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Echogenic Bowel

Echogenic bowel is the term used when the bowel of a baby in utero appears brighter than usual. An ultrasound reveals this condition, usually during the second trimester, and the fetus’ bowel typically looks bright and white in color. In most situations, the finding does not result in any serious condition; but in some cases, it’s a sign of an underlying health issue.

Causes of Echogenic Bowel

Uterine Bleeding

Echogenic bowel may be a result of uterine bleeding within the womb. This bleeding may be what is discoloring the fetus’ bowel. The baby may have ingested the blood through the umbilicus, thus creating a slight discoloration as the blood moves through its digestive system. If uterine bleeding is the cause, an ultrasound can help determine its origin. In most situations, the problem resolves itself as the injury is healed and with no harm done to the baby.

Fetal Infections

Bowel problems in the fetus, however, could be related to infections that could endanger the baby’s health. Cytomegalovirus (CMV) and toxoplasmosis are infections that can cross the placenta and make the baby sick. These types of infection may cause bright white spots on the baby’s bowel during an ultrasound.

If echogenic indications are found in a fetal ultrasound, the mother should be checked for infections since many of them do not present symptoms. The mother may be feeling fine, but still have an infection. In most of these cases, the risk to the baby is low but regular checkups can ensure no complications arise and the baby is not experiencing stress.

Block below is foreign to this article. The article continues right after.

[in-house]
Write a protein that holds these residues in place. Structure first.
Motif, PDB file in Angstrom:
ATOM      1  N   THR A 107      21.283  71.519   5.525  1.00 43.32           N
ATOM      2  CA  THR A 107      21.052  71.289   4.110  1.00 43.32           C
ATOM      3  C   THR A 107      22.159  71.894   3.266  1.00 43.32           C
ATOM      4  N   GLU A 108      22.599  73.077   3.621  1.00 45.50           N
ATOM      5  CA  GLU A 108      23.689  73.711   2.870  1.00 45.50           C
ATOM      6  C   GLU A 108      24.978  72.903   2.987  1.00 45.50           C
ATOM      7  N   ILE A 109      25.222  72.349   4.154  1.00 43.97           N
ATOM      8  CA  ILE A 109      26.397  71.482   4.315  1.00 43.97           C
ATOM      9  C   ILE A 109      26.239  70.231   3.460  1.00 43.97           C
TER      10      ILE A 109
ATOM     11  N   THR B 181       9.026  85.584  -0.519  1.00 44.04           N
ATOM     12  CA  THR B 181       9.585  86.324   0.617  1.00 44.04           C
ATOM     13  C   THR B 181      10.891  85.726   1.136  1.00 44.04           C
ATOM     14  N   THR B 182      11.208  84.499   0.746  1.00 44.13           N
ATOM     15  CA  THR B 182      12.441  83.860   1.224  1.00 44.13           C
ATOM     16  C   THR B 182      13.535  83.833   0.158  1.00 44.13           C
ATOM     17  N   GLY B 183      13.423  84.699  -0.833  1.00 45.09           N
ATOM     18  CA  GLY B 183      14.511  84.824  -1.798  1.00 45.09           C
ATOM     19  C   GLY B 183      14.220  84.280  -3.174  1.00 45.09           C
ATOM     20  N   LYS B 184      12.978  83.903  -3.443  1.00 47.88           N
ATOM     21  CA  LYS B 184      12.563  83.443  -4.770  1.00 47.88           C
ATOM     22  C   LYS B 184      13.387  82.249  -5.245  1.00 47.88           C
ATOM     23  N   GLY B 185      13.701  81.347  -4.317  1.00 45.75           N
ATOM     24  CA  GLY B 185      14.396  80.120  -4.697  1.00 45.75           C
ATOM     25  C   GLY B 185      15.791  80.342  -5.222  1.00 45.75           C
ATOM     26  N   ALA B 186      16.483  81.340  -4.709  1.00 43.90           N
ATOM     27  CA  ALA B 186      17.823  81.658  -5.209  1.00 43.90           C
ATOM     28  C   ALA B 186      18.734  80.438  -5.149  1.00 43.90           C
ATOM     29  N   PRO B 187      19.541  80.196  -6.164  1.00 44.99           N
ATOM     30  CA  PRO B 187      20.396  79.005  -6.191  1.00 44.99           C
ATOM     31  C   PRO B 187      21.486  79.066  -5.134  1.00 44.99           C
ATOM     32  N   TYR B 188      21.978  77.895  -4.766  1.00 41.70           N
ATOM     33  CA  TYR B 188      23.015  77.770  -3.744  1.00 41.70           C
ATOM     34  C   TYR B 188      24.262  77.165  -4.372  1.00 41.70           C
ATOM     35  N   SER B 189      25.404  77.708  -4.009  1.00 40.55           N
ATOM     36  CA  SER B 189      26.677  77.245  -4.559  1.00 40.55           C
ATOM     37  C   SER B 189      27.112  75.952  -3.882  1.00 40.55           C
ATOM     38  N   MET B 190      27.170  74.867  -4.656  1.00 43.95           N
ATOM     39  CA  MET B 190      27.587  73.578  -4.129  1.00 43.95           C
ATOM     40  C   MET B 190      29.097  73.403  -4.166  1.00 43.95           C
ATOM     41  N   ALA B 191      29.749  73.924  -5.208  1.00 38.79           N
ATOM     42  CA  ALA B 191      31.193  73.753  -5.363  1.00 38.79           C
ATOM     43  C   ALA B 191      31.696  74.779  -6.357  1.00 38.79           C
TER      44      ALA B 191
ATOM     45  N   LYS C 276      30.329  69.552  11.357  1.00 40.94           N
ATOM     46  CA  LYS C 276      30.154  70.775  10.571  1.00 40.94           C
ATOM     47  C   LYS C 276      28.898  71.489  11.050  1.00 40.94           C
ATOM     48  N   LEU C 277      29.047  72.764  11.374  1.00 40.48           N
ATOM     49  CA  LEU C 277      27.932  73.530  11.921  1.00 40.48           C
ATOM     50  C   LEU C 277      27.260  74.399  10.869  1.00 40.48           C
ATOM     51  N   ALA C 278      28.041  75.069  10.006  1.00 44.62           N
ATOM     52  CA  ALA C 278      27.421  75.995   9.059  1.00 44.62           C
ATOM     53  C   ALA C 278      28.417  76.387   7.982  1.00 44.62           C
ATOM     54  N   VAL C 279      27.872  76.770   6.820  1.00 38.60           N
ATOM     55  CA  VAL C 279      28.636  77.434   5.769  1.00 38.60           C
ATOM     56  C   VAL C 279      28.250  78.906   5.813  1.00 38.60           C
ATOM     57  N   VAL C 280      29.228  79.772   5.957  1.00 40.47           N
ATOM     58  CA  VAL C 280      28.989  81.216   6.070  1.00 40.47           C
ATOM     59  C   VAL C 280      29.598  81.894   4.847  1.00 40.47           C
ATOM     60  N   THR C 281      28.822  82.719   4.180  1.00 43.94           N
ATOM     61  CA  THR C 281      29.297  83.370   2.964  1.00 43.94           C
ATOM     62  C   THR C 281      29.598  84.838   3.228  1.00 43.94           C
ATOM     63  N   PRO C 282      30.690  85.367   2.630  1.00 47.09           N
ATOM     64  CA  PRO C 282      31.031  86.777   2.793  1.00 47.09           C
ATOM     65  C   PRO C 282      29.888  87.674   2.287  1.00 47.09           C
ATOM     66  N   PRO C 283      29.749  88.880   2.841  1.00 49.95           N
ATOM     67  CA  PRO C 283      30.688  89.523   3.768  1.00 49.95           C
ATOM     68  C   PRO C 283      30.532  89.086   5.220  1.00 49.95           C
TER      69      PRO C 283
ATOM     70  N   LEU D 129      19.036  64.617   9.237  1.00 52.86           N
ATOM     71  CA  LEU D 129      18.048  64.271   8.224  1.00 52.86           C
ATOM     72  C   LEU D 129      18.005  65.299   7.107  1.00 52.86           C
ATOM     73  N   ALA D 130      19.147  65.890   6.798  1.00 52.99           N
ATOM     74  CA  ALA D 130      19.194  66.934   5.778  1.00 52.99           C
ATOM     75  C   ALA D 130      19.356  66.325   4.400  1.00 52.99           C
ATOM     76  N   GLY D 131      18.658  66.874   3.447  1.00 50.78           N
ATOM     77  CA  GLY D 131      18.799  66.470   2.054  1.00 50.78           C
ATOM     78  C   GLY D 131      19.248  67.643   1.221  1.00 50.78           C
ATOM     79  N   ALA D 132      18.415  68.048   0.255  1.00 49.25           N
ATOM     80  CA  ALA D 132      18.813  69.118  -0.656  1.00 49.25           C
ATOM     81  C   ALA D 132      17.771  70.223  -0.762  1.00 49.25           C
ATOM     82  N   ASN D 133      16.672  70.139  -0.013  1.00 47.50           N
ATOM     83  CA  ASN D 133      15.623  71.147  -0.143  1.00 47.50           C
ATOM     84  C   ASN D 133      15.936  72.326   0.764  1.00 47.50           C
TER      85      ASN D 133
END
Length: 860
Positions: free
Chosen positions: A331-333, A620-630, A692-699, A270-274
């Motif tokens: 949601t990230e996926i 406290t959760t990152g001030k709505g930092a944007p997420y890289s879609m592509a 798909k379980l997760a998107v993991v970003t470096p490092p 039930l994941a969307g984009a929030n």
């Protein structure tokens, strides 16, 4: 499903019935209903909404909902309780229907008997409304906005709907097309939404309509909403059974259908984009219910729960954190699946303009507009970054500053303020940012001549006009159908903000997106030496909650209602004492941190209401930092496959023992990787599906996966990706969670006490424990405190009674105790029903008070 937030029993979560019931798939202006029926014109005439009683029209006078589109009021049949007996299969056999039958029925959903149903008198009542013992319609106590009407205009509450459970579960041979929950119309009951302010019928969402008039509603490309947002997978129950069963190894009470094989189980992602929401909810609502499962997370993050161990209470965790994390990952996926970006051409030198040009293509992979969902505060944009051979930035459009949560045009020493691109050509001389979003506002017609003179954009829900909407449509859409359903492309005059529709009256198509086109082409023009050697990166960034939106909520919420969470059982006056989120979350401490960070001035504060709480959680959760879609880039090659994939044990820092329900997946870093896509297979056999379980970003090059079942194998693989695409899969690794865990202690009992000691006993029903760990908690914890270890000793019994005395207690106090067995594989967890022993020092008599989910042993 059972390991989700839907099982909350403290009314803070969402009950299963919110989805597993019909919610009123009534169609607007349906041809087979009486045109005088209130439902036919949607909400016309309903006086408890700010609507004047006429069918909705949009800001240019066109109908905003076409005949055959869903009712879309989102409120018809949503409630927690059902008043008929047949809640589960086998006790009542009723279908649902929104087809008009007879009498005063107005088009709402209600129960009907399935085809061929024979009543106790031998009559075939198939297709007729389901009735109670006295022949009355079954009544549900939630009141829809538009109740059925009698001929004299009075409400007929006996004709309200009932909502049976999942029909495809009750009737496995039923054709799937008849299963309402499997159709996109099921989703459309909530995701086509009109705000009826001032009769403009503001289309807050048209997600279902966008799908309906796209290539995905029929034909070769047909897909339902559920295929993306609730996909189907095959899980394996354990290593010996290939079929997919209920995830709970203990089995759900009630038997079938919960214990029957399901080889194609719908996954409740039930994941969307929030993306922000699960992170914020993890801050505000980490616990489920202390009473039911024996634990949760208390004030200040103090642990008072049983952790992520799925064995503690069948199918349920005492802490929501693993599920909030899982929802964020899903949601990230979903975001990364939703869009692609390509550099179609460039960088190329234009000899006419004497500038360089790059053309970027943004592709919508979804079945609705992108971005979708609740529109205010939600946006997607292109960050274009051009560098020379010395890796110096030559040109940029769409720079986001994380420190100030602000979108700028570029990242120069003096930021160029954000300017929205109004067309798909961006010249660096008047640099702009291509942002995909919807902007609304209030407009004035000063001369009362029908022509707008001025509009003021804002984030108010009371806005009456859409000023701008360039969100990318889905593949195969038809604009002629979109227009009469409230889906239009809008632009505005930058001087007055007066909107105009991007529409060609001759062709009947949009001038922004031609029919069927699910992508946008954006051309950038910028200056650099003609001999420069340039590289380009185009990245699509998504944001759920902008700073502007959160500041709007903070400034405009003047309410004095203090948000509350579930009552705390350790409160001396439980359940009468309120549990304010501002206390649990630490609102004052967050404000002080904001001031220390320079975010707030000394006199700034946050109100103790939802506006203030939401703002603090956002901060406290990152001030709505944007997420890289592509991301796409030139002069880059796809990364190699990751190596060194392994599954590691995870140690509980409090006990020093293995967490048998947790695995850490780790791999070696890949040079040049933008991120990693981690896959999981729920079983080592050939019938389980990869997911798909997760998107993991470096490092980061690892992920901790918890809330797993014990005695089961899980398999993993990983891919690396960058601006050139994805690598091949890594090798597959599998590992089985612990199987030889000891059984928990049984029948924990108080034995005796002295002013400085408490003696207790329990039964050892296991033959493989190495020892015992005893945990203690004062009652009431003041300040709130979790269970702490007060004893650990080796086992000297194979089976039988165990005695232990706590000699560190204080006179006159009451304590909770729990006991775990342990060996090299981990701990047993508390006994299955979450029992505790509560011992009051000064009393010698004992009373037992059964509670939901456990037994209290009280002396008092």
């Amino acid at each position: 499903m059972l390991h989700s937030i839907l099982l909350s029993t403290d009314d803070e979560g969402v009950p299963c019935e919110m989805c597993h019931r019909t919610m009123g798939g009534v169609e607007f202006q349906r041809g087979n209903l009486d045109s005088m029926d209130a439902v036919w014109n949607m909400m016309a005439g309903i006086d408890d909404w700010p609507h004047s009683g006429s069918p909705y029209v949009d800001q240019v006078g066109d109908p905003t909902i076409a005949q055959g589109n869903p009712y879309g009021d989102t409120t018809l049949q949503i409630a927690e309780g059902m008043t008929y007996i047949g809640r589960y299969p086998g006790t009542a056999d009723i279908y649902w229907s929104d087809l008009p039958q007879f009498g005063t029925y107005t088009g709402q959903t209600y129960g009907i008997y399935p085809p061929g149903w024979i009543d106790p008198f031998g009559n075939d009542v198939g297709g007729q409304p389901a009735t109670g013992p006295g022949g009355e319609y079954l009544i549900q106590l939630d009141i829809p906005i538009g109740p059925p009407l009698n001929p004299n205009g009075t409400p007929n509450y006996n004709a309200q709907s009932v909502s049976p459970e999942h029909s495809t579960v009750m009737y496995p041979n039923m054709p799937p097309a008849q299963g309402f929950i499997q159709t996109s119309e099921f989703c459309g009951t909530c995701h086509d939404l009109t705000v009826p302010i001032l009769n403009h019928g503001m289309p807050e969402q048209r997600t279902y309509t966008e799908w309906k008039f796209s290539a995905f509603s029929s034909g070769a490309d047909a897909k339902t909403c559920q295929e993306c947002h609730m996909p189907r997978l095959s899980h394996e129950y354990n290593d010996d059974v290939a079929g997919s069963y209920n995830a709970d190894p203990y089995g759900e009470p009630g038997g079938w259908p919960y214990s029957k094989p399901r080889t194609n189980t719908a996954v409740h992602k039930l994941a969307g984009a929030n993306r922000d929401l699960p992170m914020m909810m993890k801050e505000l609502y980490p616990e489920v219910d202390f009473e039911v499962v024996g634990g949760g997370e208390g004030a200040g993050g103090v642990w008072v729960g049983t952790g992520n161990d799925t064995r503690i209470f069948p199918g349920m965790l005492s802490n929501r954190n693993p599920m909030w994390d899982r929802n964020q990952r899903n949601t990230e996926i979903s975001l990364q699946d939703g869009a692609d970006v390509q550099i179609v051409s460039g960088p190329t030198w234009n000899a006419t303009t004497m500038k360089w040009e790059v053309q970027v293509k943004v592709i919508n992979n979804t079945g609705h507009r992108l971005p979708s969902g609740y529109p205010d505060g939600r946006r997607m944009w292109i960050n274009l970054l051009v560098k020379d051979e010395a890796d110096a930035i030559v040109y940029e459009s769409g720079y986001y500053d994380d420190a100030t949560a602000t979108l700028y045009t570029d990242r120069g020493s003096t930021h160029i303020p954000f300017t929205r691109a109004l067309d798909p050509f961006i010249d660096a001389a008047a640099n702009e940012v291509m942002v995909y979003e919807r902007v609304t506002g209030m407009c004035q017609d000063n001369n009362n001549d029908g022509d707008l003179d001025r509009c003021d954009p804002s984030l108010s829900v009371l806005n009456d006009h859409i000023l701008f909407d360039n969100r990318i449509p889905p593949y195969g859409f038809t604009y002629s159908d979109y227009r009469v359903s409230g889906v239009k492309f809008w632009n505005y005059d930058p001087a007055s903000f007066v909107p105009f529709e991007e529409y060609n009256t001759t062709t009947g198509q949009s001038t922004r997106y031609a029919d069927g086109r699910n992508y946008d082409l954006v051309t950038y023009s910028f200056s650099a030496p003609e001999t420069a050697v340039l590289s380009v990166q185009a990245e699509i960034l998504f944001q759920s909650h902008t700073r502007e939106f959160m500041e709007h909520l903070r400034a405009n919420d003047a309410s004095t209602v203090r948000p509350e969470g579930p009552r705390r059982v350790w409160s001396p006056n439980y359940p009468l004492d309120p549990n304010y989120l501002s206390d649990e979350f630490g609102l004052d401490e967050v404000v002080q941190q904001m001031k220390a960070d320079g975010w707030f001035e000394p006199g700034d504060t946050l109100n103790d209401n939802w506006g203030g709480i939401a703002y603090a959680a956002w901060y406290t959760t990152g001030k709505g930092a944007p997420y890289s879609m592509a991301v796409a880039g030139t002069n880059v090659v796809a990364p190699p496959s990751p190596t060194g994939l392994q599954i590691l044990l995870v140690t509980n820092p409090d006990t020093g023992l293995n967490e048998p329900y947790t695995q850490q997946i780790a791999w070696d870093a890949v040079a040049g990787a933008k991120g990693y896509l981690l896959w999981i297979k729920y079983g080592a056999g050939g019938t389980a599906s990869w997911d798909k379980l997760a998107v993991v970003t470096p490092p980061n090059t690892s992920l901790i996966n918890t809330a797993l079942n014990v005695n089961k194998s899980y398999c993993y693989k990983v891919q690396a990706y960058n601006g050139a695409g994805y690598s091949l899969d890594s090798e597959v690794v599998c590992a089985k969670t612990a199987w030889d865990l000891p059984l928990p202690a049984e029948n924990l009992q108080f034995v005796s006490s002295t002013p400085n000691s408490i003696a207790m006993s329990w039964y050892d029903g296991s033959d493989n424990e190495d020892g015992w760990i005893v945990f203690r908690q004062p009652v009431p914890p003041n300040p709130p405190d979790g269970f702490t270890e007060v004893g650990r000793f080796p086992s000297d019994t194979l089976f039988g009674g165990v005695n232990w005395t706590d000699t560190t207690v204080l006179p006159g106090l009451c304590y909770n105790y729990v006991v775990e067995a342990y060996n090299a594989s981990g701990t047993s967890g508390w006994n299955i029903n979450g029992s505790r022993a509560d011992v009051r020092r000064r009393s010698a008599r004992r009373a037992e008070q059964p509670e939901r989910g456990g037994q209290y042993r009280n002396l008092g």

Hereditary Diseases

Hereditary diseases such as Down Syndrome and Cystic Fibrosis may also indicate echogenic bowel. Testing for cystic fibrosis or other hereditary diseases is widely available and may be done to rule out these kinds of problems.

Abnormalities of the Placenta

Echogenic bowel, also called hyper-echoic bowel, can also be linked to placenta abnormalities and function problems. This is significant because the placenta is the baby’s protective barrier and link to life. The placenta provides the baby with its blood and oxygen supply. The child also receives its nourishment from the placenta, so if the placenta’s function is compromised, it could hinder normal growth and development. Other pregnancy complications can threaten the health or, in some cases, even the life of the mother.
At times, the underlying issue causing the echogenic bowel is not readily apparent. Nevertheless, it’s important to receive regular prenatal checkups to ensure the anomaly does not cause problems for the mother or the child.

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